By: Mathew J. Levy, Esq. & Stacey Lipitz Marder, Esq.
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It is no secret that ambulatory surgery centers (“ASCs”) are becoming the go to place for physicians to perform procedures as opposed to hospitals as physicians attempt to increase revenue and align with hospitals. As per the Centers for Medicare and Medicaid Services (CMS), an ASC is defined as followed: “any distinct entity that operates exclusively for the purpose of providing surgical services to patients not requiring hospitalization and in which the expected duration of services would not exceed 24 hours following an admission. See 42 cfr § 416.2 Definitions While there are certainly several benefits to ownership in an ASC, prior to jumping on the ASC bandwagon, it is imperative that physicians and other investors understand the process of starting/operating an ASC, as well as evaluate the legal, business and regulatory implications. Although the corporate practice of medicine doctrine in New York State generally prohibits general business corporations from employing physicians for the purpose of providing medical services or arranging for the provision of medical services, ASCs, unlike medical practices, can be owned by non-physicians. See NY BCL §1501 et seq.; NY Education Law §6522
In order to operate an ASC in New York, approval must be obtained from the Department of Health and Health Planning Committee via the Certificate of Need (CON) process. The objectives of the CON process are to promote delivery of high quality health care and ensure that services are aligned with community need. The CON process can be very involved and can often take several months to complete. All proposed operating documents have to be submitted, in addition to floor plans and other information pertaining to the project.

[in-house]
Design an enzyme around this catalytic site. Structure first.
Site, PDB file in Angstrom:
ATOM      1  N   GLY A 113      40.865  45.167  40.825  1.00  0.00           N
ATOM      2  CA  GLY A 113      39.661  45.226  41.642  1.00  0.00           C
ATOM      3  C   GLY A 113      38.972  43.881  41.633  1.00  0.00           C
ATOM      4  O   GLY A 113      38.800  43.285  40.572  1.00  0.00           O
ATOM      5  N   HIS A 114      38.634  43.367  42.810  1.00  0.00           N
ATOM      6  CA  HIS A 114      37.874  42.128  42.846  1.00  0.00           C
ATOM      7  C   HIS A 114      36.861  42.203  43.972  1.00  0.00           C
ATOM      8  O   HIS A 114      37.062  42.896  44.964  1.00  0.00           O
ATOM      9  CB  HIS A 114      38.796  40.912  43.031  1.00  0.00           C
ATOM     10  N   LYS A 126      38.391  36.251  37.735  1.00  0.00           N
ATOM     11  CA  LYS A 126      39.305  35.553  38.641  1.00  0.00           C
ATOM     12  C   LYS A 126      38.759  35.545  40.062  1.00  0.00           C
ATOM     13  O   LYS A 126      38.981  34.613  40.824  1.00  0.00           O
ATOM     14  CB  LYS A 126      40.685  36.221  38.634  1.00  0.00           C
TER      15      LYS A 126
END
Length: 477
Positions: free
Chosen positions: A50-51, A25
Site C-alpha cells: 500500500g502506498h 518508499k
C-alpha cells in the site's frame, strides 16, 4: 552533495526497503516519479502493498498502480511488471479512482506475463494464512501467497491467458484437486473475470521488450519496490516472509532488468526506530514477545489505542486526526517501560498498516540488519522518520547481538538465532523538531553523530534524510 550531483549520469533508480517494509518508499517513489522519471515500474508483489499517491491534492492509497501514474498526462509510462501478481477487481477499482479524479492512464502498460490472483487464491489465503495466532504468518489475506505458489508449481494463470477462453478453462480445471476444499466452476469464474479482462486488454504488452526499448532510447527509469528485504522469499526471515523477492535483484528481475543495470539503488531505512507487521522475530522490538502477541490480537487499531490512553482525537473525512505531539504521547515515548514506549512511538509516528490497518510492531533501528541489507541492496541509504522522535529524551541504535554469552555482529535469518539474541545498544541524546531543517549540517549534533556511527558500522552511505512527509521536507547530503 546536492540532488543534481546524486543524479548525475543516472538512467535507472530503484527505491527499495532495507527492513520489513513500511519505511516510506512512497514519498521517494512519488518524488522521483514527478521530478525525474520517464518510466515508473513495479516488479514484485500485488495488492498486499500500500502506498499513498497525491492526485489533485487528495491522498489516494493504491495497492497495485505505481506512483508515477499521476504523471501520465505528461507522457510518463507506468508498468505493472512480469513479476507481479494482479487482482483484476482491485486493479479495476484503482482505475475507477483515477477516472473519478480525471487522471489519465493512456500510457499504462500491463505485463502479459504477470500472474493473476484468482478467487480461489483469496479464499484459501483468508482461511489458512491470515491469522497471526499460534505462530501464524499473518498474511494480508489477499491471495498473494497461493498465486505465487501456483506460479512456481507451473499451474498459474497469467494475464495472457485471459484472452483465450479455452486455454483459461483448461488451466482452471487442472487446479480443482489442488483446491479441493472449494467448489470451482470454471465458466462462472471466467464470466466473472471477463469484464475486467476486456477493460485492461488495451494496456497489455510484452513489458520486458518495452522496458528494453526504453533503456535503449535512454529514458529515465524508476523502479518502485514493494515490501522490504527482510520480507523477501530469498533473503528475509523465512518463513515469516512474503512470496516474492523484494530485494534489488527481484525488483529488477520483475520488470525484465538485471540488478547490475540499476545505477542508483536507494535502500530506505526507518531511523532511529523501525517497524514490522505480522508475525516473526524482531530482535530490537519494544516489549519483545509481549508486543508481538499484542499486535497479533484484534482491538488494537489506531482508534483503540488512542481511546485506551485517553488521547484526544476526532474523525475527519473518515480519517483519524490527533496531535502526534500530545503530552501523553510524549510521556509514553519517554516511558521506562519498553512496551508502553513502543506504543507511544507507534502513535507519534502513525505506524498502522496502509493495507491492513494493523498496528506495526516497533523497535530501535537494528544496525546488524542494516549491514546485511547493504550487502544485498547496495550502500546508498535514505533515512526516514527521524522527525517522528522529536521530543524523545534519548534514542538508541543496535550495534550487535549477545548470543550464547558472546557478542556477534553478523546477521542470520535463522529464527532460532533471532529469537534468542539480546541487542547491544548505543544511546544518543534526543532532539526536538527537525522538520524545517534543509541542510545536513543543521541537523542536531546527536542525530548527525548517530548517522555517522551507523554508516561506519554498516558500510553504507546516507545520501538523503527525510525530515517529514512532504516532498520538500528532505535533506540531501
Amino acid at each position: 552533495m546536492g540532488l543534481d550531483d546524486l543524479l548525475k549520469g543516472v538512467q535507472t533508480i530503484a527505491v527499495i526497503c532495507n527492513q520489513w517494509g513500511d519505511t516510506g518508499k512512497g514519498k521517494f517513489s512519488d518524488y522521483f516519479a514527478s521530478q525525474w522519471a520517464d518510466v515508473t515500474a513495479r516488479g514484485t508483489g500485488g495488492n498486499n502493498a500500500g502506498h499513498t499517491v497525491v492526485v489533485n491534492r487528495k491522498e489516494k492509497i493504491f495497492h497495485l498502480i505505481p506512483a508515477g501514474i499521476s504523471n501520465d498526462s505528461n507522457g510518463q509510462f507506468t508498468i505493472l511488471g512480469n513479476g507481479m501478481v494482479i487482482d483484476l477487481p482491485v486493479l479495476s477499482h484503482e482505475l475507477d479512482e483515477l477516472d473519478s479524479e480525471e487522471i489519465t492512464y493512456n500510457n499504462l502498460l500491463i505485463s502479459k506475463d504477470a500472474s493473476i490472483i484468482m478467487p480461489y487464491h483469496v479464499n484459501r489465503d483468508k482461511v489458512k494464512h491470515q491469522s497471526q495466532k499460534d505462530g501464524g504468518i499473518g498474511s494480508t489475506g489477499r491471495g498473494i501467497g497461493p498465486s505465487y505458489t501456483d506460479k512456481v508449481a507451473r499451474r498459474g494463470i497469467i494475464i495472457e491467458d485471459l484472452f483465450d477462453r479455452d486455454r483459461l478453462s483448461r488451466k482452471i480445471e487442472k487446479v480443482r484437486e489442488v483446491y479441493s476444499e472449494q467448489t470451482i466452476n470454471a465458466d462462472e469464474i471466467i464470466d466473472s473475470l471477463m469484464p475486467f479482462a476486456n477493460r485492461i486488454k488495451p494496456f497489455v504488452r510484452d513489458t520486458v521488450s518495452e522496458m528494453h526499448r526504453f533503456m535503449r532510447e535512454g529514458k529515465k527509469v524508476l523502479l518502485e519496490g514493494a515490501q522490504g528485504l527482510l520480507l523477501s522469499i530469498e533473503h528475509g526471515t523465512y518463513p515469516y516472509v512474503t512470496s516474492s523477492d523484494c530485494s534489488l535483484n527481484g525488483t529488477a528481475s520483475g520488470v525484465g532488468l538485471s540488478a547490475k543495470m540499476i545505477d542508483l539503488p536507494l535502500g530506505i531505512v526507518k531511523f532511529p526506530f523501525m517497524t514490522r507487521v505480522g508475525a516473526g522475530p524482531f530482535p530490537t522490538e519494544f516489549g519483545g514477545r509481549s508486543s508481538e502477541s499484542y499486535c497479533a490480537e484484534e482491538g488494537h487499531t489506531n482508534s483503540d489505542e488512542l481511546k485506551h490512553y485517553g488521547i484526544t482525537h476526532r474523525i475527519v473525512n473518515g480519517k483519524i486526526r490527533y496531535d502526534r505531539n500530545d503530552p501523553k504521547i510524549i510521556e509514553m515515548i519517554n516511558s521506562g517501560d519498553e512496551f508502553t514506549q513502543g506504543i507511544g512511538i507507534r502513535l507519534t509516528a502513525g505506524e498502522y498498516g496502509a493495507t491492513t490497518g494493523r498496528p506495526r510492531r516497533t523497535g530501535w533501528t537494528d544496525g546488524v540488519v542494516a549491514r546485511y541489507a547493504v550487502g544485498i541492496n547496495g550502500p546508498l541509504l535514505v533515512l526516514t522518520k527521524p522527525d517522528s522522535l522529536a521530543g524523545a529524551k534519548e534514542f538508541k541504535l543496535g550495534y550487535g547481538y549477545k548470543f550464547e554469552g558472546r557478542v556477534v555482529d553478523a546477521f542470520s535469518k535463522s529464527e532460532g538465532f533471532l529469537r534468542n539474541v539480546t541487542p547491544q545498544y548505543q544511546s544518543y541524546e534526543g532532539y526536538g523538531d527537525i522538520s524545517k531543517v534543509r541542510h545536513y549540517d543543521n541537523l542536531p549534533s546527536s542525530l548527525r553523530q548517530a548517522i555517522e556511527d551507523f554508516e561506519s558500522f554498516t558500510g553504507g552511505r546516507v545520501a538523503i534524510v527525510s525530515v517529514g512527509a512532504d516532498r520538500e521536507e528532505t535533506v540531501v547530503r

In order to increase the probability that approval is granted, many ASCs are partnering with hospitals as hospitals often are able help prove the need for an ASC in the community. Additionally, hospitals have an interest in entering into joint ventures with ASCs as it is more cost effective to perform procedures at an ASC as opposed to a hospital.
Prior to commencement of the CON application process, proposed documents in connection with the ASC need to be drafted. For instance, formation documents (Articles of Organization/Certificate of Incorporation) need to be drafted, as well as operating documents (operating agreement/shareholders agreement) dictating the terms regarding how the ASC will be governed and the rights of its owners. There are several key provisions to consider in such operating documents. For instance, potential investors should ascertain information regarding how distributions are made, how decisions are made with respect to the ASC, as well as who is responsible for the day to day management and decision making. Furthermore, potential investors should consider how new members are added, as well as what their buy-in will be. Termination provisions are also important to consider, specifically how an owner can be terminated (without cause or with cause), whether an owner has an exit strategy in the event the owner wants to terminate the relationship, as well as what the buy-out terms are in the event of termination. Furthermore, it is important to consider whether there is a restrictive covenant and non-solicitation provision, which may preclude the physician investor from having an ownership interest in another ASC within a certain geographic region, as well as soliciting patients, employees and referral sources. A Subscription Booklet, including a Subscription Agreement, should also be drafted and distributed to potential investors. Such documents would outline the terms of the venture, including but not limited to investment terms, and the proposed terms of a lease agreement, billing agreement, consulting agreement, and escrow agreement, as applicable. A questionnaire should also be distributed to obtain information regarding potential investors for due diligence purposes.